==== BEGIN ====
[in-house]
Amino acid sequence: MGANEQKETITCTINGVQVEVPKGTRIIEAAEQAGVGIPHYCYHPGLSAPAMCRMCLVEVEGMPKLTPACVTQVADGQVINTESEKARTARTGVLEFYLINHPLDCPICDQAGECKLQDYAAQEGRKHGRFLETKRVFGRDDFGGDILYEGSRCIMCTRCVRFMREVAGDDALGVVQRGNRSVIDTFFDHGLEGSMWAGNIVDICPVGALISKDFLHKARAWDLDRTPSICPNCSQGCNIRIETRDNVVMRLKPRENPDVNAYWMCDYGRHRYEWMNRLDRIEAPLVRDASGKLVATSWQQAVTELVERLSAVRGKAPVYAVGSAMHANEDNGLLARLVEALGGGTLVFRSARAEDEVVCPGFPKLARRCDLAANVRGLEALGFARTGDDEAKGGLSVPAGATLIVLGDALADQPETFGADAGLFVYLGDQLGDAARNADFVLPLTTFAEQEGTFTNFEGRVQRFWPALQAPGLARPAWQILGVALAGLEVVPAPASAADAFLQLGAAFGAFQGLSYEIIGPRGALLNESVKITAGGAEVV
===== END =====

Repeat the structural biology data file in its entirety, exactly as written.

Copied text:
[in-house]
Amino acid sequence: MGANEQKETITCTINGVQVEVPKGTRIIEAAEQAGVGIPHYCYHPGLSAPAMCRMCLVEVEGMPKLTPACVTQVADGQVINTESEKARTARTGVLEFYLINHPLDCPICDQAGECKLQDYAAQEGRKHGRFLETKRVFGRDDFGGDILYEGSRCIMCTRCVRFMREVAGDDALGVVQRGNRSVIDTFFDHGLEGSMWAGNIVDICPVGALISKDFLHKARAWDLDRTPSICPNCSQGCNIRIETRDNVVMRLKPRENPDVNAYWMCDYGRHRYEWMNRLDRIEAPLVRDASGKLVATSWQQAVTELVERLSAVRGKAPVYAVGSAMHANEDNGLLARLVEALGGGTLVFRSARAEDEVVCPGFPKLARRCDLAANVRGLEALGFARTGDDEAKGGLSVPAGATLIVLGDALADQPETFGADAGLFVYLGDQLGDAARNADFVLPLTTFAEQEGTFTNFEGRVQRFWPALQAPGLARPAWQILGVALAGLEVVPAPASAADAFLQLGAAFGAFQGLSYEIIGPRGALLNESVKITAGGAEVV